Work begins on controversial Rail Freight interchange near St Albans

The proposed site of the Radlett rail freight depot

The proposed site of the Radlett rail freight depot - Credit: Archant

Work is finally underway on the Strategic Rail Freight Interchange in Park Street to prevent planning permission from lapsing during the consultation period.

The proposed site of the Radlett rail freight depot

The proposed site of the Radlett rail freight depot - Credit: Archant

The rail freight terminal is proposed for Green Belt land on the former Radlett Aerodrome site, and developers SEGRO - previously known as Helioslough - have met with years of opposition from campaigners.

A SEGRO spokesman said: "Following two public enquiries which fully explored the merits of the strategic rail freight scheme, the Secretary of State granted outline planning permission in 2014.

"Since then we have engaged positively in the planning process in order to progress the scheme and the recent works have been carried out to ensure the planning permission does not lapse while the next phases of public examination take place.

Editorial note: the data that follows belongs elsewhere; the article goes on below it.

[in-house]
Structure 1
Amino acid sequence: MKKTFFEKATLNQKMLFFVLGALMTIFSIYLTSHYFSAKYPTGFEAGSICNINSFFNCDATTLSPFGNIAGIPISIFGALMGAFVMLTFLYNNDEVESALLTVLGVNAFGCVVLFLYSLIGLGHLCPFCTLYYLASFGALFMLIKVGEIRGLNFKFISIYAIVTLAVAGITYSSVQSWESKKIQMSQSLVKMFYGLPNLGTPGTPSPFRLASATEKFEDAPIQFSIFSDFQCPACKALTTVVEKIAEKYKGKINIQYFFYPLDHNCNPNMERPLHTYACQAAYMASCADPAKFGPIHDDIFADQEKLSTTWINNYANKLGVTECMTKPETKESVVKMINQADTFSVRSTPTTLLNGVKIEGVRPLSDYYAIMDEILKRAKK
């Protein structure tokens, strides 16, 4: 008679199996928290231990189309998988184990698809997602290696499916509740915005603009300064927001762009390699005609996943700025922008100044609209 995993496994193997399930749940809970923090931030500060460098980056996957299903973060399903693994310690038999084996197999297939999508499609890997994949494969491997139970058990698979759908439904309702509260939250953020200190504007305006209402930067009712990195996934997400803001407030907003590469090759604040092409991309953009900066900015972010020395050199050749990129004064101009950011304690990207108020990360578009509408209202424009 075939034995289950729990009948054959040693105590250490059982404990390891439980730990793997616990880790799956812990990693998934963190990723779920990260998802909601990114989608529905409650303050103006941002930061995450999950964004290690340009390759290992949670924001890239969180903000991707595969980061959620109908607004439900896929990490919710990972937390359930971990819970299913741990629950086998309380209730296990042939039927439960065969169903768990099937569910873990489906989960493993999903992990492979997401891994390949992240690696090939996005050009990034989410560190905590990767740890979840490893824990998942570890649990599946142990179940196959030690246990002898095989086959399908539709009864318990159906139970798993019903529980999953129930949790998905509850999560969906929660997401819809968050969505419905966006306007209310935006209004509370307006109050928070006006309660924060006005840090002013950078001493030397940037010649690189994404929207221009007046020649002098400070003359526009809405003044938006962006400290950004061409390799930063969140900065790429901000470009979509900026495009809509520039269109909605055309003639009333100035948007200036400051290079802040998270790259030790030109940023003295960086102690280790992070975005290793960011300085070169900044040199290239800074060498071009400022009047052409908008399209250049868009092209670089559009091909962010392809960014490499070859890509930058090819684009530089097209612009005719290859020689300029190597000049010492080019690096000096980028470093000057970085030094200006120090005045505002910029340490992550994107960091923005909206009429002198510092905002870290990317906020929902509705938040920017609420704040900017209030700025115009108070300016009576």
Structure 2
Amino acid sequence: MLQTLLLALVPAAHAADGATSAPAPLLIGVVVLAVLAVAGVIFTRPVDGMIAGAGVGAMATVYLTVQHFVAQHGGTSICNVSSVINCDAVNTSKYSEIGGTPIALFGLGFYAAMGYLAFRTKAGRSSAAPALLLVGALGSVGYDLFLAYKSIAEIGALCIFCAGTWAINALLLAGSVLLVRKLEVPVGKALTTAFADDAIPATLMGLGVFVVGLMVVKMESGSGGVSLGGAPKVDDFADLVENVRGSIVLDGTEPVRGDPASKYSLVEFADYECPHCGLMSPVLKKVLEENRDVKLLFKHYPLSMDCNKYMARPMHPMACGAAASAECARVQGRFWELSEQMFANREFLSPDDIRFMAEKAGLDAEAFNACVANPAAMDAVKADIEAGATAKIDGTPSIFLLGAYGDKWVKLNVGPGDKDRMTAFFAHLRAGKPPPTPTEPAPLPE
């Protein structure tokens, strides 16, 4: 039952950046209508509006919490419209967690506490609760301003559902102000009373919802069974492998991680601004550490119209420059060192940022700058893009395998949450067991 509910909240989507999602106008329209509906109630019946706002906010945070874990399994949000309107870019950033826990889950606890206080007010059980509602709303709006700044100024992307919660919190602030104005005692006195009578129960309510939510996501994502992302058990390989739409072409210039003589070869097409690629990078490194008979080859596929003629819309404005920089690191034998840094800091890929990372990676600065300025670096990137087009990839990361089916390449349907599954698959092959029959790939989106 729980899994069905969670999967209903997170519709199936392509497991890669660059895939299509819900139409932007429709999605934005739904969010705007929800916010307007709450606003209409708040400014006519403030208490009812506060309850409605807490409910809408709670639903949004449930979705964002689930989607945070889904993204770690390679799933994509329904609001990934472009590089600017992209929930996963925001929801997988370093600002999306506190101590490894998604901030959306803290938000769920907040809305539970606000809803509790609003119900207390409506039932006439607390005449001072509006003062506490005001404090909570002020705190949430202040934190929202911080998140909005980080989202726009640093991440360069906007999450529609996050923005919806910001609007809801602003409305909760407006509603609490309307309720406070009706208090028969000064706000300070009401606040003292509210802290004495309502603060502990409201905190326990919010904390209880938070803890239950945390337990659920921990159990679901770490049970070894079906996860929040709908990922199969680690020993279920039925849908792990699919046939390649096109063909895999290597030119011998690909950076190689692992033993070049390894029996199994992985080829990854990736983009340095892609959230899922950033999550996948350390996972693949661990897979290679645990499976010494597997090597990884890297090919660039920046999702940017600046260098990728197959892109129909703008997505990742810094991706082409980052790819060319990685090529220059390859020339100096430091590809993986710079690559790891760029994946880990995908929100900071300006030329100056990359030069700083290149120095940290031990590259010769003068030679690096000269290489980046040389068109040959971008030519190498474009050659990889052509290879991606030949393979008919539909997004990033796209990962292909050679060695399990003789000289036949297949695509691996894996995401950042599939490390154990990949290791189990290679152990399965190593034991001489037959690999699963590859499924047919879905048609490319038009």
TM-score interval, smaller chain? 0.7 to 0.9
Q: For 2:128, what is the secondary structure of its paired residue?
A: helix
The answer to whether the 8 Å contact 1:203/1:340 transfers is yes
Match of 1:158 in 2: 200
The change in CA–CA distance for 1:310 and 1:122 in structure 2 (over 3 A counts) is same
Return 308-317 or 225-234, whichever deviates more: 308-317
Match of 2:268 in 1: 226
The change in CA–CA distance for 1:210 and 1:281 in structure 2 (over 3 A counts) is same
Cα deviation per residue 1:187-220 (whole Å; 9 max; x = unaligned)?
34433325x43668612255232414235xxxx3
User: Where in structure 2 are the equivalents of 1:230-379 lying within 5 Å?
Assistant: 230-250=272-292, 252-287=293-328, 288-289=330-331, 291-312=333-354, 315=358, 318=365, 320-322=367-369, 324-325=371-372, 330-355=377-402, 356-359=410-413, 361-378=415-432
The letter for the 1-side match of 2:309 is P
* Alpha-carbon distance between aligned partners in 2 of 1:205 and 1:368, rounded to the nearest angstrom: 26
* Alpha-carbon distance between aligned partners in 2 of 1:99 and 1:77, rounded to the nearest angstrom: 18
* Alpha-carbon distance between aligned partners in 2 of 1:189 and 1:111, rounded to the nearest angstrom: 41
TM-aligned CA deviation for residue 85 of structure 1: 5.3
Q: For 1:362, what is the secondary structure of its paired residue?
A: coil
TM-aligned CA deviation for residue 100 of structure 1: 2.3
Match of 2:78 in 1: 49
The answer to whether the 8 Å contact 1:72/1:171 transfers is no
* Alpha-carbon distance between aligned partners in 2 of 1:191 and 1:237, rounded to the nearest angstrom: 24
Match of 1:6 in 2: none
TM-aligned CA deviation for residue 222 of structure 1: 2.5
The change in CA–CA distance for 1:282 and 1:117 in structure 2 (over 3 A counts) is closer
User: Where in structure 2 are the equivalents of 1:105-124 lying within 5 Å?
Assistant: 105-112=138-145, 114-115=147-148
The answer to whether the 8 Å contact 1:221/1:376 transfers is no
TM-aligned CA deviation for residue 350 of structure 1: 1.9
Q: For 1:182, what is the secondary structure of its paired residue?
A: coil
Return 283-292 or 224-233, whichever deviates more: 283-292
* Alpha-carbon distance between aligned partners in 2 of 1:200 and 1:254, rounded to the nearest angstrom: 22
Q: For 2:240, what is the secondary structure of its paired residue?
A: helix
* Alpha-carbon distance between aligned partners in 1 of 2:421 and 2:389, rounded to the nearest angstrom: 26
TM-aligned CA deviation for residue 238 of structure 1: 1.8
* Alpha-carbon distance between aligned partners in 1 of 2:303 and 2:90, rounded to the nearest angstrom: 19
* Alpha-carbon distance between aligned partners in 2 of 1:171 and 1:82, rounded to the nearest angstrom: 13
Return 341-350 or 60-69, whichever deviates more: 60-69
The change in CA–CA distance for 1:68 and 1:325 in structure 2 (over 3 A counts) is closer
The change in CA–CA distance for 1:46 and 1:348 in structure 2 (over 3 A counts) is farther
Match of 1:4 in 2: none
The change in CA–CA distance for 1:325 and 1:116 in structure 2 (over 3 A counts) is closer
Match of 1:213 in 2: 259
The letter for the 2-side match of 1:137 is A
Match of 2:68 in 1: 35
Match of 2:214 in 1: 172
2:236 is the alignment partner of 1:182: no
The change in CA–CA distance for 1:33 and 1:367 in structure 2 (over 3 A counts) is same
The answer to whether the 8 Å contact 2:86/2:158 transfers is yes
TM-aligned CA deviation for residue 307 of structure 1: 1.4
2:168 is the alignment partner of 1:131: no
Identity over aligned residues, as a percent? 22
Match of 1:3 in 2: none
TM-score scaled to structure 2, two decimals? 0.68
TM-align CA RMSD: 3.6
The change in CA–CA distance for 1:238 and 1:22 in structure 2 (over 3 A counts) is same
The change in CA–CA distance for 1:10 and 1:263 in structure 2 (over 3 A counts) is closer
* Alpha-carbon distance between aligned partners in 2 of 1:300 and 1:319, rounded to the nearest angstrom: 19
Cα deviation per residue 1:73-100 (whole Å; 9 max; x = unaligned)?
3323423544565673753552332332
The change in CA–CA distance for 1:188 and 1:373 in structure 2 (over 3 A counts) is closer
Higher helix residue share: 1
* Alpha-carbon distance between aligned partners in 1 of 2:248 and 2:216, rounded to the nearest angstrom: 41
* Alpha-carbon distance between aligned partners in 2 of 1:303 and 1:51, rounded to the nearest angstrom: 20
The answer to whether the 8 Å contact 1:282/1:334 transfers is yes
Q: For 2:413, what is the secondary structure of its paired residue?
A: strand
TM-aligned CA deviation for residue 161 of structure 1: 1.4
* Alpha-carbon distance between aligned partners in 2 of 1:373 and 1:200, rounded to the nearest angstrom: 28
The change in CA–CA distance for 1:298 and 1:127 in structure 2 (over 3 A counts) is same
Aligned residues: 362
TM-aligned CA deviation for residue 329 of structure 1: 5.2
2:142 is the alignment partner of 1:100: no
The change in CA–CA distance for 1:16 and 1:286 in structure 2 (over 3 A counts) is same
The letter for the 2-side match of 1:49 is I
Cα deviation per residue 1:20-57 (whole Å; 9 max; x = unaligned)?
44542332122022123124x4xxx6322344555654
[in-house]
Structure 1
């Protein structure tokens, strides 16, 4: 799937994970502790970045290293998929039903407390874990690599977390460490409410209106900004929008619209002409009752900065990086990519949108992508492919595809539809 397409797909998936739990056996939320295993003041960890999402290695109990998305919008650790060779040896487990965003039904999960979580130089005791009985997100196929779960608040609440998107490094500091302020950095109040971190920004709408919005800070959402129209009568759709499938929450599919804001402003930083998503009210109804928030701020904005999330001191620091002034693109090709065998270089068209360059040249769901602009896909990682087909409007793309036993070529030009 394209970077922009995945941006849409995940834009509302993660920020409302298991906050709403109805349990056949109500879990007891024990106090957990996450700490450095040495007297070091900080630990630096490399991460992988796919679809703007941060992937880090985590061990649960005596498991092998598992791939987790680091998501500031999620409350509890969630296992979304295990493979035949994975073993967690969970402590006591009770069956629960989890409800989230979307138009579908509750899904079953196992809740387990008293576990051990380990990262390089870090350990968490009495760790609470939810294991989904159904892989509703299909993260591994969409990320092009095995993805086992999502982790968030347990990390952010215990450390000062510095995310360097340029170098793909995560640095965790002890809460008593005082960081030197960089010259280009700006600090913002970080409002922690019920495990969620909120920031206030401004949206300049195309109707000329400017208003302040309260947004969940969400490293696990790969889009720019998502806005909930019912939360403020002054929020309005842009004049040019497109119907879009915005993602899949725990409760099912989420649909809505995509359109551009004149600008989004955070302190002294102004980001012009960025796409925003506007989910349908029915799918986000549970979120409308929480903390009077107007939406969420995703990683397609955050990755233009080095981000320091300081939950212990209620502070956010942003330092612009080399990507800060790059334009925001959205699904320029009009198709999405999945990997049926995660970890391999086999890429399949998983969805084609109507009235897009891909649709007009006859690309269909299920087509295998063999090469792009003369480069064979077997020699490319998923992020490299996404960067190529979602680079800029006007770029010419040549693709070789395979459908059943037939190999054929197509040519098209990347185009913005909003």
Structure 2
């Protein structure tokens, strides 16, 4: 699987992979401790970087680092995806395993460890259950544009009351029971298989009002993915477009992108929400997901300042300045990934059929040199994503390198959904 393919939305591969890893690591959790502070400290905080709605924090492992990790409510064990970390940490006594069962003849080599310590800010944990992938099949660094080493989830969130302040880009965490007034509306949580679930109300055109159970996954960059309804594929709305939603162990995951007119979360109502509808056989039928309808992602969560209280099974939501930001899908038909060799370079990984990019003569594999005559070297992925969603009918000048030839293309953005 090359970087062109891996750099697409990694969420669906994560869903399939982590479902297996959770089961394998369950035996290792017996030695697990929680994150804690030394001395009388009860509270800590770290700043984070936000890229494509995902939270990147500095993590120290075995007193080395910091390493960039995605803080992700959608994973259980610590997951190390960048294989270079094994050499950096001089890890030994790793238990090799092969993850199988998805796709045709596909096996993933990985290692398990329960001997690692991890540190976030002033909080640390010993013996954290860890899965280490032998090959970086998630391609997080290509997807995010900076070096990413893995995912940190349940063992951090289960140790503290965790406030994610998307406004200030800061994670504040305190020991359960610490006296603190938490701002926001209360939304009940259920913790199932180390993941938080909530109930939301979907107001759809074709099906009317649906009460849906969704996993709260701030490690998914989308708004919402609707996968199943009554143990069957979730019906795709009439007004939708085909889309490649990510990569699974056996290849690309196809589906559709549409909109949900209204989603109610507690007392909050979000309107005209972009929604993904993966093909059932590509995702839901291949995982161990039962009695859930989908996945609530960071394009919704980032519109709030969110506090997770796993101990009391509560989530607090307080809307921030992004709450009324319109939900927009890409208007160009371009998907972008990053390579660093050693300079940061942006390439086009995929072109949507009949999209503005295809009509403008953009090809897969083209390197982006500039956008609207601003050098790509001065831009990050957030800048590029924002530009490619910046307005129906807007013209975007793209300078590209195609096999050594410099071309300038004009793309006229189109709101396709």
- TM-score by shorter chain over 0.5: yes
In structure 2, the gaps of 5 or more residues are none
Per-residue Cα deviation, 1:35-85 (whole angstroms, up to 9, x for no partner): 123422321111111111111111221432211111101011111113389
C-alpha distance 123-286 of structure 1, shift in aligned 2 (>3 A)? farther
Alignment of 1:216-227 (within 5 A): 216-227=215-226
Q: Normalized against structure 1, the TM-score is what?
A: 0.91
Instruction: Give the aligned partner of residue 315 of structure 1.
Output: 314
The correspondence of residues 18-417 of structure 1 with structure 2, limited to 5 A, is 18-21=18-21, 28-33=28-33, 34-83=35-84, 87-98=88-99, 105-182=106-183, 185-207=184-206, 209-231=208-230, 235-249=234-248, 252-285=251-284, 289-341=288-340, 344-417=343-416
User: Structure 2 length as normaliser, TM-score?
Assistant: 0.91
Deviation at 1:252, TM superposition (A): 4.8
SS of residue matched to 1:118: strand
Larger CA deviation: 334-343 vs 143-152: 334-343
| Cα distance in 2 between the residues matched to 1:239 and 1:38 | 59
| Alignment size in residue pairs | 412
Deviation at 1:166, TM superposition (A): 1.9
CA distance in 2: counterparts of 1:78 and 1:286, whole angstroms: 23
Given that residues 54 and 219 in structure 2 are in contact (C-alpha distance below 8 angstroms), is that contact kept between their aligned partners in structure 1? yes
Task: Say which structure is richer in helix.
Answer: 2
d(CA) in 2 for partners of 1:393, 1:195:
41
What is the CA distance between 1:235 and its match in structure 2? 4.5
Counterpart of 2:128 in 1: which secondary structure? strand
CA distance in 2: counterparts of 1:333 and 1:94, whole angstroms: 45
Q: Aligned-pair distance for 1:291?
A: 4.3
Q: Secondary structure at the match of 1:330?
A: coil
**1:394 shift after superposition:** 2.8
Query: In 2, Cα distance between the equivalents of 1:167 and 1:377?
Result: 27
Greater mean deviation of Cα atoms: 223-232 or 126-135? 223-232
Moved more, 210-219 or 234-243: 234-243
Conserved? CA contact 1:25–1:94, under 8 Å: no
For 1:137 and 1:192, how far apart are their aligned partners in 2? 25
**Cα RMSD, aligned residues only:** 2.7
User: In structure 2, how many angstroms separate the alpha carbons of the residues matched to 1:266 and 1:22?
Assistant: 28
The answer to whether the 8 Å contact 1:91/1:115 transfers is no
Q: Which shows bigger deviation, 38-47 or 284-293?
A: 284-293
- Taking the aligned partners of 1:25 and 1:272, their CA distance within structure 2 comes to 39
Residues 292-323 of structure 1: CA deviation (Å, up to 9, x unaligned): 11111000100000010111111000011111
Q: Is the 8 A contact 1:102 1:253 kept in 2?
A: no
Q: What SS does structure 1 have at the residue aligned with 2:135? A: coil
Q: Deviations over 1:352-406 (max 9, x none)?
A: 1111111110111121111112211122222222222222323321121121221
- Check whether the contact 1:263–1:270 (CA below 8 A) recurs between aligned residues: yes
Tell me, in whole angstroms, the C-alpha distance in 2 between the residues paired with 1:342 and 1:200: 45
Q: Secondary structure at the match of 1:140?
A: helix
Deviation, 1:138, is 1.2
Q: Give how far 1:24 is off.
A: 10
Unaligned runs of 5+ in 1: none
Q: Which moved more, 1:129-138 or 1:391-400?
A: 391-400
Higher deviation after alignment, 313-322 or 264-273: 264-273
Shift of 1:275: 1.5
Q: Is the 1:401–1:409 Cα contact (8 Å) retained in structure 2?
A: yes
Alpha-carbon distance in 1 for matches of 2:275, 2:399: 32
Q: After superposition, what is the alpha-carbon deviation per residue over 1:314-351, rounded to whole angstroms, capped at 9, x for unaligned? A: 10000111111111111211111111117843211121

"We are aware that the draft Local Plan for St Albans is being reviewed and that the public examination is due to begin in January 2020.

Cathy Bolshaw, rail freight demonstration

Cathy Bolshaw, rail freight demonstration - Credit: Archant

"One of the many topics of debate will be the appropriate use of the site for which planning permission for the strategic rail freight terminal has been granted."

Since 2006, campaign group STRiFE (Stop The Rail Freight Exchange) has objected to the proposals, arguing that the rail freight would be a loss to the Green Belt.

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Founder Cathy Bolshaw said: "We all knew this day would come at some point. The planning consent is valid for five years so they had to do something.

"We're very sorry to hear that they've made a start on some works - the timing is impeccable when there are no sitting MPs.

"The Local Plan is still under consultation so they want to be seen to be making a stand so the land can't be turned into housing.

"All is not lost because they still don't own a piece of land that they need in the middle of the site, and they still don't know whether it can be connected to the railway line."

Malcolm Mark, from Napsbury Park Residents' Association, has also been fighting the proposals since 2006: "I think it's ridiculous. They don't own the land - the whole thing is just nonsensical.

"This is just going to be a lorry depot if it comes off. I can't see how it's viable. Everybody has been against this except the company themselves."